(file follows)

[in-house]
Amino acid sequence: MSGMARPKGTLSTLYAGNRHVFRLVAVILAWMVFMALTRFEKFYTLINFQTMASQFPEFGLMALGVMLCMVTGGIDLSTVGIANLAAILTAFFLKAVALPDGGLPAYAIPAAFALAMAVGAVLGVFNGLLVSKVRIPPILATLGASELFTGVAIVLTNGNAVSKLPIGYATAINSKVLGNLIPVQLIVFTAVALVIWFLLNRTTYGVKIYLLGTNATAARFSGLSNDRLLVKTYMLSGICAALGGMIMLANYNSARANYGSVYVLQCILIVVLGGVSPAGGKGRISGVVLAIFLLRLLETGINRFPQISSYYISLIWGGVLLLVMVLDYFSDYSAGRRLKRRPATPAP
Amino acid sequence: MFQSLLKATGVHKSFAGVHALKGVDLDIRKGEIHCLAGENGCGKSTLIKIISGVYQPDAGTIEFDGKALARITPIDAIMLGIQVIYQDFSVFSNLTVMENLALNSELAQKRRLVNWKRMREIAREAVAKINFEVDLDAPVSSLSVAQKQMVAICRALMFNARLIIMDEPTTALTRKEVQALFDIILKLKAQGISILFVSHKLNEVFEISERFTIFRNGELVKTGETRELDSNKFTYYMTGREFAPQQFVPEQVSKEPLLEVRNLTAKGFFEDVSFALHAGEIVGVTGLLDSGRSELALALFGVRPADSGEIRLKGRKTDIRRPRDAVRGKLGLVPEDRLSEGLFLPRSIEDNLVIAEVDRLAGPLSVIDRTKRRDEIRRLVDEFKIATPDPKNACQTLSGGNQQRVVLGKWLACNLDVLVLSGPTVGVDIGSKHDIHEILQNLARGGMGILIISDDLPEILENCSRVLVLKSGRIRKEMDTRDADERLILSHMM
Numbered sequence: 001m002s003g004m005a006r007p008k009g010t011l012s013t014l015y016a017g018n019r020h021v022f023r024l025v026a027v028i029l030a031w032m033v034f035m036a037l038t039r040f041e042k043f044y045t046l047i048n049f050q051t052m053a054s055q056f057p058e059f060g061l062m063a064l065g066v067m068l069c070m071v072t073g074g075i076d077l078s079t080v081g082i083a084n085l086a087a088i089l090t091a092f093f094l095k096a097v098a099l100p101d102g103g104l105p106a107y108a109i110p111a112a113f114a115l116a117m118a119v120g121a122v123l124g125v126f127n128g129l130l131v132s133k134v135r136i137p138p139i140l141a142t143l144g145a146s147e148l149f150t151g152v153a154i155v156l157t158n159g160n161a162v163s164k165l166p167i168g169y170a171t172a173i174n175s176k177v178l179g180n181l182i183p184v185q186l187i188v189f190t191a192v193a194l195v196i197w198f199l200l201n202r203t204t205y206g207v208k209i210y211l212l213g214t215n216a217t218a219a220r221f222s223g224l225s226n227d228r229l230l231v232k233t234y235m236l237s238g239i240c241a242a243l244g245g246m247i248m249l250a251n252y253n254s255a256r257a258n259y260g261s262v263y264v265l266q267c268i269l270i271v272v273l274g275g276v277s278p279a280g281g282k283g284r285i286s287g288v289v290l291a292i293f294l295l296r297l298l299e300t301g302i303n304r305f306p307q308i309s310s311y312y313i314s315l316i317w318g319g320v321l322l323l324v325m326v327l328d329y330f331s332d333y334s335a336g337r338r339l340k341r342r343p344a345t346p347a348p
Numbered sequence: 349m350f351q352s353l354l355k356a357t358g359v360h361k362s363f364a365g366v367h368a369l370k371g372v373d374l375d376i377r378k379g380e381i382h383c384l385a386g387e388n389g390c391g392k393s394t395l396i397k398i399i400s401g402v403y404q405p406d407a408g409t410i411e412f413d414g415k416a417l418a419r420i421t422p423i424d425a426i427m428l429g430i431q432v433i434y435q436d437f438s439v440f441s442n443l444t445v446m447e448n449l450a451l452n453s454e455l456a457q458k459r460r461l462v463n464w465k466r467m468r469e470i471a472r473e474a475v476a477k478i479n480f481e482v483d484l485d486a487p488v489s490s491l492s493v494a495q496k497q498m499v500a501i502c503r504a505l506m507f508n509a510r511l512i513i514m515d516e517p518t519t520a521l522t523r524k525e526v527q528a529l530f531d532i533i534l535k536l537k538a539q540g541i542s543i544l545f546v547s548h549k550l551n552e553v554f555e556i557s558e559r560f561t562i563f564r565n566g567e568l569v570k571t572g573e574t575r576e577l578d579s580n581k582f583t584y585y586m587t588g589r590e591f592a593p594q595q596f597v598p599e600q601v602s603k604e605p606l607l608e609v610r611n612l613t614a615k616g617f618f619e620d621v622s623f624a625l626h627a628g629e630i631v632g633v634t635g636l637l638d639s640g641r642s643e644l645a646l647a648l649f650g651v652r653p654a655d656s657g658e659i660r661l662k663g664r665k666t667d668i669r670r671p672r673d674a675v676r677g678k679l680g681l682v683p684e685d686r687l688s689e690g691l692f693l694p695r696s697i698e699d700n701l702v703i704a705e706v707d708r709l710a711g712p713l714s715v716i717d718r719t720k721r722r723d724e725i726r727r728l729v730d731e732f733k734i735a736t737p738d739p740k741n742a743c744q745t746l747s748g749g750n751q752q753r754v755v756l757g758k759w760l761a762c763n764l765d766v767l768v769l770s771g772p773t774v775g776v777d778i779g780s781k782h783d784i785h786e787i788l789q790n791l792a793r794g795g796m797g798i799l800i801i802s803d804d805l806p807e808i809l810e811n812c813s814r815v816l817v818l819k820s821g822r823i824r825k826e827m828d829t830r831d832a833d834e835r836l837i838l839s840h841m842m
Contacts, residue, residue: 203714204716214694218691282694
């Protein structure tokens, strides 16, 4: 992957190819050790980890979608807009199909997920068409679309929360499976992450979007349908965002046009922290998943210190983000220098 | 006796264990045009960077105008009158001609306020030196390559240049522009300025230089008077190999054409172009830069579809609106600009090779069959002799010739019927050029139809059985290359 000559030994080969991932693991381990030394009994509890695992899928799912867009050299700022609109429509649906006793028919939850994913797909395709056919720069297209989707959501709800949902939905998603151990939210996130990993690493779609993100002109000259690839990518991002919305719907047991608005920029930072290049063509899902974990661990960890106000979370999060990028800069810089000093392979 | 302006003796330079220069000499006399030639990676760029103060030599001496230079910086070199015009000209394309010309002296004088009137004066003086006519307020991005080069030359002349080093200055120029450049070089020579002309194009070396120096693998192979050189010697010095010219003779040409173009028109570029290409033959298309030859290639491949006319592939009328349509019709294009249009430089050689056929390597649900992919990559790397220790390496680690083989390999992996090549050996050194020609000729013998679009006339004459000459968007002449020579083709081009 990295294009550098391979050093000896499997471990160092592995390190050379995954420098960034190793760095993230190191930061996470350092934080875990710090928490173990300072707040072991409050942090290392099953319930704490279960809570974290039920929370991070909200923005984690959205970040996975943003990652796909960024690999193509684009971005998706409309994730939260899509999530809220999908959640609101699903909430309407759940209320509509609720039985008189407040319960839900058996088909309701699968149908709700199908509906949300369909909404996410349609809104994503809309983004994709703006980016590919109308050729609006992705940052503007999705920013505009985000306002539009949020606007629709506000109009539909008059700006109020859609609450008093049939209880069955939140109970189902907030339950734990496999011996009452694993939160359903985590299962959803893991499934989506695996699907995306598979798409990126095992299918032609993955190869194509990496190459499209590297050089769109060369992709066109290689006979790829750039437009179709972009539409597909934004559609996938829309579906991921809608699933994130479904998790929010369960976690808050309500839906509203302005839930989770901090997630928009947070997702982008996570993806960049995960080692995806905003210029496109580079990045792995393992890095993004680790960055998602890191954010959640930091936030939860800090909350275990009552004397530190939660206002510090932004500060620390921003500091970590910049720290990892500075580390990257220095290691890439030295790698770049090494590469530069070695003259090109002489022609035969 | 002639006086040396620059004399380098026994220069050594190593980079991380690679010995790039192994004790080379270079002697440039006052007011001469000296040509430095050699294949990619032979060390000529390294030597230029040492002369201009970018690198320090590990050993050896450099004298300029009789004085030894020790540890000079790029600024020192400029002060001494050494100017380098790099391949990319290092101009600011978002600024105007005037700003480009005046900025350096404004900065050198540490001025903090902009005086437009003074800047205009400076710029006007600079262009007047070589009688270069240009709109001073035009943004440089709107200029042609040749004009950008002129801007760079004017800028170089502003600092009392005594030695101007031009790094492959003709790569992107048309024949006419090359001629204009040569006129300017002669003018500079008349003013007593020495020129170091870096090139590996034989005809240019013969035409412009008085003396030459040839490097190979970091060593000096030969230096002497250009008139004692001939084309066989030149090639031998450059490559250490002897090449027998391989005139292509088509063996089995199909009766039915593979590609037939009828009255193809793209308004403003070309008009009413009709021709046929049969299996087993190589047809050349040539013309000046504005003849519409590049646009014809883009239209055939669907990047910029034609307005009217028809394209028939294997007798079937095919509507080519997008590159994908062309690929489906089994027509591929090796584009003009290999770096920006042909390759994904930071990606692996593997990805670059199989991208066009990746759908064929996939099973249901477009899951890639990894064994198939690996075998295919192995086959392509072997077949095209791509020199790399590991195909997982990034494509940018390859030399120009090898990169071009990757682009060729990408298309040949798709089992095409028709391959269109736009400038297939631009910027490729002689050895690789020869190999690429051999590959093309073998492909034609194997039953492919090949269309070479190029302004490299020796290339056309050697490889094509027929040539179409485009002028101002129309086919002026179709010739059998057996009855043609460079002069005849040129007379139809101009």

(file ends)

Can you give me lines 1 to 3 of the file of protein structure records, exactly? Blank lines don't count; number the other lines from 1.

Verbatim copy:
[in-house]
Amino acid sequence: MSGMARPKGTLSTLYAGNRHVFRLVAVILAWMVFMALTRFEKFYTLINFQTMASQFPEFGLMALGVMLCMVTGGIDLSTVGIANLAAILTAFFLKAVALPDGGLPAYAIPAAFALAMAVGAVLGVFNGLLVSKVRIPPILATLGASELFTGVAIVLTNGNAVSKLPIGYATAINSKVLGNLIPVQLIVFTAVALVIWFLLNRTTYGVKIYLLGTNATAARFSGLSNDRLLVKTYMLSGICAALGGMIMLANYNSARANYGSVYVLQCILIVVLGGVSPAGGKGRISGVVLAIFLLRLLETGINRFPQISSYYISLIWGGVLLLVMVLDYFSDYSAGRRLKRRPATPAP
Amino acid sequence: MFQSLLKATGVHKSFAGVHALKGVDLDIRKGEIHCLAGENGCGKSTLIKIISGVYQPDAGTIEFDGKALARITPIDAIMLGIQVIYQDFSVFSNLTVMENLALNSELAQKRRLVNWKRMREIAREAVAKINFEVDLDAPVSSLSVAQKQMVAICRALMFNARLIIMDEPTTALTRKEVQALFDIILKLKAQGISILFVSHKLNEVFEISERFTIFRNGELVKTGETRELDSNKFTYYMTGREFAPQQFVPEQVSKEPLLEVRNLTAKGFFEDVSFALHAGEIVGVTGLLDSGRSELALALFGVRPADSGEIRLKGRKTDIRRPRDAVRGKLGLVPEDRLSEGLFLPRSIEDNLVIAEVDRLAGPLSVIDRTKRRDEIRRLVDEFKIATPDPKNACQTLSGGNQQRVVLGKWLACNLDVLVLSGPTVGVDIGSKHDIHEILQNLARGGMGILIISDDLPEILENCSRVLVLKSGRIRKEMDTRDADERLILSHMM